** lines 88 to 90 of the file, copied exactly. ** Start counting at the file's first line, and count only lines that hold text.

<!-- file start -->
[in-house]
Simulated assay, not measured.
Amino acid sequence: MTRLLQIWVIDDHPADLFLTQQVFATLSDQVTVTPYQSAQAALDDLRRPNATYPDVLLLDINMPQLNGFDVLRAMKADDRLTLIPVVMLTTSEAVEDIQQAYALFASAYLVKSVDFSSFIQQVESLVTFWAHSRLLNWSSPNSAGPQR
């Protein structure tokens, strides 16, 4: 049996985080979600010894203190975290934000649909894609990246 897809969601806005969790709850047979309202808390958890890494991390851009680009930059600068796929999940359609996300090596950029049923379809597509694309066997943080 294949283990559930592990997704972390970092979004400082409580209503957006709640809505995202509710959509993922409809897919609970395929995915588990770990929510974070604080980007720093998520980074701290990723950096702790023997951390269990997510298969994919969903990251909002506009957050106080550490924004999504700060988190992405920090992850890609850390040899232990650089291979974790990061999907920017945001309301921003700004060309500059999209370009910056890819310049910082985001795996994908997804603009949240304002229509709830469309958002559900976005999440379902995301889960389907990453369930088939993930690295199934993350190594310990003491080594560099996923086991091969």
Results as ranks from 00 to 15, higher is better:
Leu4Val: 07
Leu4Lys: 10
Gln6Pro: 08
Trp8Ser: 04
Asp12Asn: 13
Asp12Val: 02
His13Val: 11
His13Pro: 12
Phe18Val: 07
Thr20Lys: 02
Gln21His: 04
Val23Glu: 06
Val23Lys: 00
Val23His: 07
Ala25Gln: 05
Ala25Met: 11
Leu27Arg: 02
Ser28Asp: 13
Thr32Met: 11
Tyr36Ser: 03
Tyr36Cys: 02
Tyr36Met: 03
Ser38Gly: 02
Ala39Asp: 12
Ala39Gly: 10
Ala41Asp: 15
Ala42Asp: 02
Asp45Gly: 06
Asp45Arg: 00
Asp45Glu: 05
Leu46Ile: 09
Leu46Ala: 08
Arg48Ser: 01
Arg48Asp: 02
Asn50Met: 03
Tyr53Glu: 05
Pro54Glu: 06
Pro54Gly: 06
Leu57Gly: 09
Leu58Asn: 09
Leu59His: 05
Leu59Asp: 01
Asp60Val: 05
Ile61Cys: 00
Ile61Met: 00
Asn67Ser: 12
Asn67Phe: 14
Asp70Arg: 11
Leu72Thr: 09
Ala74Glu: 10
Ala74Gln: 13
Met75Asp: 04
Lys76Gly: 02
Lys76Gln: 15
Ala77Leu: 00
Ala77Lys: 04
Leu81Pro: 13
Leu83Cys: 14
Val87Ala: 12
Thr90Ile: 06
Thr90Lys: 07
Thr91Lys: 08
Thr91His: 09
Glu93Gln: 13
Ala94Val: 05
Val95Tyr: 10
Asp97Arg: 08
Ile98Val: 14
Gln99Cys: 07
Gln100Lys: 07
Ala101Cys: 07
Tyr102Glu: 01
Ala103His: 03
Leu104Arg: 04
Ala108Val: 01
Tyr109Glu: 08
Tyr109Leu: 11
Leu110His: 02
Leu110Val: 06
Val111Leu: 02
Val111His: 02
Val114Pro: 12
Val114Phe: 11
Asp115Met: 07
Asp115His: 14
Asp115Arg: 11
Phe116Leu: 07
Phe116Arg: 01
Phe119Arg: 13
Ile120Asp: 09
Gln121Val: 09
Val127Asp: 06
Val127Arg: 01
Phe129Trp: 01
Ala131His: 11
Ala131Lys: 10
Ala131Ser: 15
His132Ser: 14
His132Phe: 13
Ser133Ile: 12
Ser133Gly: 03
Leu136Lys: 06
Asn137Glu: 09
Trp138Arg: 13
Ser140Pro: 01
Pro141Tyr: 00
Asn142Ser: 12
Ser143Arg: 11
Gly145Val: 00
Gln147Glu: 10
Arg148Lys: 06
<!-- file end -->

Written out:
Val114Phe: 11
Asp115Met: 07
Asp115His: 14